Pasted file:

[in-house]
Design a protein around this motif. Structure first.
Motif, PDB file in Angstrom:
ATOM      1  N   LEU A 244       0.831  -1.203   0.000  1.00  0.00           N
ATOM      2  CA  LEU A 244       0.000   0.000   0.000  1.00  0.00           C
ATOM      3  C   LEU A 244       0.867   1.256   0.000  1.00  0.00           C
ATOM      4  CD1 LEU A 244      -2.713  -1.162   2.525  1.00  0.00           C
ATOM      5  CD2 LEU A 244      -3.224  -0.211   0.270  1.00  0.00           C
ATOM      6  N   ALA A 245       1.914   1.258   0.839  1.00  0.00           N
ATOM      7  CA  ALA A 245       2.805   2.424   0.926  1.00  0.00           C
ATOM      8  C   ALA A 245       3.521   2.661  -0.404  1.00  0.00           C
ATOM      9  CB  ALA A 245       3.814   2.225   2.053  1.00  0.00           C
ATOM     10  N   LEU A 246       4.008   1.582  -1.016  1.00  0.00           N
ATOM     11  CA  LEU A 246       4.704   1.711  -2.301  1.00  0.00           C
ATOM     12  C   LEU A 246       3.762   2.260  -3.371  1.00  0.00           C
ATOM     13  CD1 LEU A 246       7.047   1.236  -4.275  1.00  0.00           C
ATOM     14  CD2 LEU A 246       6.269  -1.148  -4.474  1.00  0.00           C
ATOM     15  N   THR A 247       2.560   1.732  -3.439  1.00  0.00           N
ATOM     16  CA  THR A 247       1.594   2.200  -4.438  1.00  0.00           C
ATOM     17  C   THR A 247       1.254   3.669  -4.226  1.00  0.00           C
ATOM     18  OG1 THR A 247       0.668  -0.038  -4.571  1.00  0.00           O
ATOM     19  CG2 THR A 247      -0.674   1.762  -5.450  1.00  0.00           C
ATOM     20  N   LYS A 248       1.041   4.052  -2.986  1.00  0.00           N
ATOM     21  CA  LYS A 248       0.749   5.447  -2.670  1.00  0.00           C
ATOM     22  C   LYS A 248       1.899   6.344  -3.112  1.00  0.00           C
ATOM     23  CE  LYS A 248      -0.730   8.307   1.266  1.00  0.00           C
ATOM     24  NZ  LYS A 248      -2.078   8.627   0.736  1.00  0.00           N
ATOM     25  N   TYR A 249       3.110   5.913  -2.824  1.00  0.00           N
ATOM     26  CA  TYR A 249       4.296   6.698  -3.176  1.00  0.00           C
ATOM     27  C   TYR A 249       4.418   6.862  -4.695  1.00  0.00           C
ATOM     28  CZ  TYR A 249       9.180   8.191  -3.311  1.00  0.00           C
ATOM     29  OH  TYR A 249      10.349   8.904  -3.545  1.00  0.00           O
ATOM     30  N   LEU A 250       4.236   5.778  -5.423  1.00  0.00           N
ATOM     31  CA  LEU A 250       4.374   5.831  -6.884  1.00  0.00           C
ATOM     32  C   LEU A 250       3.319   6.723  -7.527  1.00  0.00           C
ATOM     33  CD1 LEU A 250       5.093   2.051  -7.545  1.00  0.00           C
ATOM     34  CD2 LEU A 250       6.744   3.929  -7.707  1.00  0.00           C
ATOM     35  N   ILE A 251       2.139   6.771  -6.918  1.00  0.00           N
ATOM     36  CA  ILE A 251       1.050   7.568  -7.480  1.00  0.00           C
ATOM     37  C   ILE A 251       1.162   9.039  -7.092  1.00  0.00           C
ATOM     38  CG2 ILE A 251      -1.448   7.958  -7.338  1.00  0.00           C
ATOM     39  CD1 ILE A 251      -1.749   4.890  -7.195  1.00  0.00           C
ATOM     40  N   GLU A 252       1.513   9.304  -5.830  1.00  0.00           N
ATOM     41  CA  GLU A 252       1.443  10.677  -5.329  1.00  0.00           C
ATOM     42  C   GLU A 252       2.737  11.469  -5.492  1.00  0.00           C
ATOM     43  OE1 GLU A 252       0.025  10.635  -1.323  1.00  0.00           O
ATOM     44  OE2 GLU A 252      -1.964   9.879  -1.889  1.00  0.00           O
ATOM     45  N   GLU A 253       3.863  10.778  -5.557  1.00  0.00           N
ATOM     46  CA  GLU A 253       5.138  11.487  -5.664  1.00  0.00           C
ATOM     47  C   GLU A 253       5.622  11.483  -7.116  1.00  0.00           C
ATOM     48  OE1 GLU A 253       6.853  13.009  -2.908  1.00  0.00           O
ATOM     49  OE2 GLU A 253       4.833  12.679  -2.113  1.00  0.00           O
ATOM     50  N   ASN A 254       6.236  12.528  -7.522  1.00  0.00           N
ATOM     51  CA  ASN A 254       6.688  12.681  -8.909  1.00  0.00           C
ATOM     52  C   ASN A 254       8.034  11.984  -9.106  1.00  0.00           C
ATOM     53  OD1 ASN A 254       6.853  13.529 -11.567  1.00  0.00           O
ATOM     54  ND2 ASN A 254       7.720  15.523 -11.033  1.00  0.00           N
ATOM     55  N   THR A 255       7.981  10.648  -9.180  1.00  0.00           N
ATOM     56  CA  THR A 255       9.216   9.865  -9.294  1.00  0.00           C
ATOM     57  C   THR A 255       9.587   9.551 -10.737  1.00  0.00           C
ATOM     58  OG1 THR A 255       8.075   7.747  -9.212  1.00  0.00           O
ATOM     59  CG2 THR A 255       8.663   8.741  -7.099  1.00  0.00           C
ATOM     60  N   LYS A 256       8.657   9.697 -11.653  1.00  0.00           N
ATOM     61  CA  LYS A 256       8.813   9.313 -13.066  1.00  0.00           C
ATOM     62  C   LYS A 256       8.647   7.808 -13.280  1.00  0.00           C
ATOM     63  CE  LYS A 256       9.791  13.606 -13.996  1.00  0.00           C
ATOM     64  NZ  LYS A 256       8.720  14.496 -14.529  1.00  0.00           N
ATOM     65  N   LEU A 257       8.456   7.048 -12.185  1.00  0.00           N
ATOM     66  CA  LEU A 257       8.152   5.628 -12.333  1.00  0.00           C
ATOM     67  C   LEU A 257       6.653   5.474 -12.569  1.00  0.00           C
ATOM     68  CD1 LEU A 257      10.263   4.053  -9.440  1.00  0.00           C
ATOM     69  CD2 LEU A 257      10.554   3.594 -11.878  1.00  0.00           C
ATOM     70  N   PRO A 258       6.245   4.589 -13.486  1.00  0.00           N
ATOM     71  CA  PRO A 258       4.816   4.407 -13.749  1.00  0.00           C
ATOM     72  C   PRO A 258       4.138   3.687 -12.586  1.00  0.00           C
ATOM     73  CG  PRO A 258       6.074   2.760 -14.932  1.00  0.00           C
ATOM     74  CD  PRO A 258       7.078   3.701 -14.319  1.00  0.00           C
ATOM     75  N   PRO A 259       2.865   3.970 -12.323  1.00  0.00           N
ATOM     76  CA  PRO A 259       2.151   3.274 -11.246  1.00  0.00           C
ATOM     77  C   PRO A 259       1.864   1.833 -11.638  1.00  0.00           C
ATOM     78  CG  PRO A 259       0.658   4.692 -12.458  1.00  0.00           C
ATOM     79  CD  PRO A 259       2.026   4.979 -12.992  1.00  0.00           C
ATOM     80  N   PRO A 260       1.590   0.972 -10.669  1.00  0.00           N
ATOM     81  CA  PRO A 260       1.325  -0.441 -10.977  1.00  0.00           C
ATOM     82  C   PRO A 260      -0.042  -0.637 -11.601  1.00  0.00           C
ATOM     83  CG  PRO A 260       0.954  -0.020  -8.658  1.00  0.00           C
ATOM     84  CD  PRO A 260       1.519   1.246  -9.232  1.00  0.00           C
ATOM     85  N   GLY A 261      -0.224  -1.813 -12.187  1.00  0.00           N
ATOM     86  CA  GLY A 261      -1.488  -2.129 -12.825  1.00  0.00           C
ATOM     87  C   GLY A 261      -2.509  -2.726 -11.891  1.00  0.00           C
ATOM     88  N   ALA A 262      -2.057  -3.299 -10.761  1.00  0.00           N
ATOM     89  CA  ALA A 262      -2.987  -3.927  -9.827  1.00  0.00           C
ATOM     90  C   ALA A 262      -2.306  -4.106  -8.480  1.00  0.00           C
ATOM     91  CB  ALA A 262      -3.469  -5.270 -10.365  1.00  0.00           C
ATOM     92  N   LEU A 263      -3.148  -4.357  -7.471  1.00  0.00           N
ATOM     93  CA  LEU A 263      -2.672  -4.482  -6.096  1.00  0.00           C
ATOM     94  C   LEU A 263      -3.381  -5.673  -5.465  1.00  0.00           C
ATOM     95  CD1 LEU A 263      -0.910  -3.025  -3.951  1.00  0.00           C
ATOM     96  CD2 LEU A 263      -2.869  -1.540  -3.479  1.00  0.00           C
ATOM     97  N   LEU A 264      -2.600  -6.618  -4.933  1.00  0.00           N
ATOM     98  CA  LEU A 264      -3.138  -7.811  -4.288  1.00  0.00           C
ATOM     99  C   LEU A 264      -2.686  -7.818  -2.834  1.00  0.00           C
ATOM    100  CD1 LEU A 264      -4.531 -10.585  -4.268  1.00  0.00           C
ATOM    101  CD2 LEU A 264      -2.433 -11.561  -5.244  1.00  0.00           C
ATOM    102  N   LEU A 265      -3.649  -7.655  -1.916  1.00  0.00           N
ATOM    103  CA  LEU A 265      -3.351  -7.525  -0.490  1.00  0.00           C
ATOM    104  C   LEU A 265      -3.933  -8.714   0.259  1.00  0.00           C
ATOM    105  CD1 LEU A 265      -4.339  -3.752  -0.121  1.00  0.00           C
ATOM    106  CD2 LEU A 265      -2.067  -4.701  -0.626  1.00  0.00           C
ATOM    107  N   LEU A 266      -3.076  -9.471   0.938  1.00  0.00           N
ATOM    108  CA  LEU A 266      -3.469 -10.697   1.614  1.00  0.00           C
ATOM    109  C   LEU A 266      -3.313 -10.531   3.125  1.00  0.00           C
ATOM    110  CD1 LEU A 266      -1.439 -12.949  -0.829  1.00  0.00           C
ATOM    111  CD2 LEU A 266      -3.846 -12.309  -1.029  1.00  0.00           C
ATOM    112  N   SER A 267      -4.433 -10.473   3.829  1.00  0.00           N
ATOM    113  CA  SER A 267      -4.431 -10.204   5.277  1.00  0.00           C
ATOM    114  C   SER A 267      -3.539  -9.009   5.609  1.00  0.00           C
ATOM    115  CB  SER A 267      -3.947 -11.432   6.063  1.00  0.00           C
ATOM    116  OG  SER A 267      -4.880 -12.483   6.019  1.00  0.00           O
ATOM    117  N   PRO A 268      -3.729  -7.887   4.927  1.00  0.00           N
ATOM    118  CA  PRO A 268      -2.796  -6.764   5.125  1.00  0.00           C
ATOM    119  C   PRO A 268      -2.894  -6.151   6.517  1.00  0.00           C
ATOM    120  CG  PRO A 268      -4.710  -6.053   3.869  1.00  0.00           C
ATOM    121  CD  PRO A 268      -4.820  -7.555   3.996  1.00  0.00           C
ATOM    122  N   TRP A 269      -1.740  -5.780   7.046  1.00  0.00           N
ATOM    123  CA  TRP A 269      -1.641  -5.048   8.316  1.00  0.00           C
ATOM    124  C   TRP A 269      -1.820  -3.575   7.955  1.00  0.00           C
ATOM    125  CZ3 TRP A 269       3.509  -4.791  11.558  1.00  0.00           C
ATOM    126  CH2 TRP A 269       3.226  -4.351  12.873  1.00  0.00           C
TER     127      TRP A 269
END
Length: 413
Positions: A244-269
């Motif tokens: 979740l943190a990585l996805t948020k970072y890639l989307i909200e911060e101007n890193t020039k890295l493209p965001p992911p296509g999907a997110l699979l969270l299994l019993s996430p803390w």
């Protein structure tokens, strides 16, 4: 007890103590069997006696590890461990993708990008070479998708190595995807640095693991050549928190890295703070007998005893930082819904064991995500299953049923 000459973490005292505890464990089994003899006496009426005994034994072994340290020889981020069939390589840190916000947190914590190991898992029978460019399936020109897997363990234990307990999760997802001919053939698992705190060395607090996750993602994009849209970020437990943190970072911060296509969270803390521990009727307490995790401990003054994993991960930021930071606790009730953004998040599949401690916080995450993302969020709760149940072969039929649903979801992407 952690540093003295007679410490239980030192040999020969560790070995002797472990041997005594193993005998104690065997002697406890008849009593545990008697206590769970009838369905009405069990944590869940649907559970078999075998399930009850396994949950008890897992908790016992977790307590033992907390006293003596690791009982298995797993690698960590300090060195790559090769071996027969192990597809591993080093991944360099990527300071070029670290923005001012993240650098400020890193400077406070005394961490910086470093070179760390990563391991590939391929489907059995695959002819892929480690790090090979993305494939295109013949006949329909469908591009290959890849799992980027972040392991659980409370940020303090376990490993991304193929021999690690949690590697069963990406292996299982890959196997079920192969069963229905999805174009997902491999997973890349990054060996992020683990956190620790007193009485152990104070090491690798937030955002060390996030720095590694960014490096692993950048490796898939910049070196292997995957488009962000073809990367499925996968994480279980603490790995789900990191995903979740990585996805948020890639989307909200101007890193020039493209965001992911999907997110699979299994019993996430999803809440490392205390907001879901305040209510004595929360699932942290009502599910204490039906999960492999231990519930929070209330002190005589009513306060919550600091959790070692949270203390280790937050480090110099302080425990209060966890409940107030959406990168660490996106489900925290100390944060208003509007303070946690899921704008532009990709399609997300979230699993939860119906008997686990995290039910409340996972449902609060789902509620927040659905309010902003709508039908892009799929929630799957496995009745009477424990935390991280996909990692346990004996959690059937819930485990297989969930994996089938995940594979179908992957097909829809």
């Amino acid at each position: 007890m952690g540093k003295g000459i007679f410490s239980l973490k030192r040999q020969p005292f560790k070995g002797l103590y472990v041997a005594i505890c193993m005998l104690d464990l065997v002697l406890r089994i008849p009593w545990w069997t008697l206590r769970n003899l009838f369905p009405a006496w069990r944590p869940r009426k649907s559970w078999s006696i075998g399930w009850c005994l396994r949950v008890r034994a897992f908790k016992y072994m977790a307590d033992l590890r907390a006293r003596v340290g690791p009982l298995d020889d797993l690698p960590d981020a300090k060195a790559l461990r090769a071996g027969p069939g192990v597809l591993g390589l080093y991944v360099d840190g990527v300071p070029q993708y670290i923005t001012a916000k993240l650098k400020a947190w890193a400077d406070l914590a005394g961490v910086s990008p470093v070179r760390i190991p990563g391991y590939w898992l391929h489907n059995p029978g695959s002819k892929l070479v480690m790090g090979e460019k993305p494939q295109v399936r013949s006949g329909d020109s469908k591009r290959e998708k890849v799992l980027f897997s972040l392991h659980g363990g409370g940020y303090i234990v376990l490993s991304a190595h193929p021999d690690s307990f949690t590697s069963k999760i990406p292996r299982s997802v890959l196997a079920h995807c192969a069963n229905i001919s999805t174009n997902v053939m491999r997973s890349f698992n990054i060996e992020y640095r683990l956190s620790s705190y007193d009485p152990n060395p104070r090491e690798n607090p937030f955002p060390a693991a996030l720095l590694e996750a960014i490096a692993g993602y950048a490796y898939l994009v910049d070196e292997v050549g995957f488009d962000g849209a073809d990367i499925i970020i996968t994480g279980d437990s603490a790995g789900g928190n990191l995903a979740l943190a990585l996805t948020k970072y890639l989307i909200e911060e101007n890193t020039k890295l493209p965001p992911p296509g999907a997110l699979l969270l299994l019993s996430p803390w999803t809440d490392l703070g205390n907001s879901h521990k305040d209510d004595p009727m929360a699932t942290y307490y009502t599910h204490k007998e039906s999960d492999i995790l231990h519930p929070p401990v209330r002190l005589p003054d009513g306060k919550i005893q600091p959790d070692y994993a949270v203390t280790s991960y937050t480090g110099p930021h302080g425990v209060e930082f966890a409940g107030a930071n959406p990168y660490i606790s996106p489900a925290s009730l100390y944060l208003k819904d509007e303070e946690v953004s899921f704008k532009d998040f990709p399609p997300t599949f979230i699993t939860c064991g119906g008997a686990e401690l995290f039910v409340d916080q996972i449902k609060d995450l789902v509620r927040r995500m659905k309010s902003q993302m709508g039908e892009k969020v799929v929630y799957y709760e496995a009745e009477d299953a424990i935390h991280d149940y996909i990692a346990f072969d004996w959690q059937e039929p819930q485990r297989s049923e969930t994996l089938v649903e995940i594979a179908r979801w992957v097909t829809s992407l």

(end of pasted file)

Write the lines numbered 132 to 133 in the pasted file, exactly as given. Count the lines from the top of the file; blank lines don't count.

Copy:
Length: 413
Positions: A244-269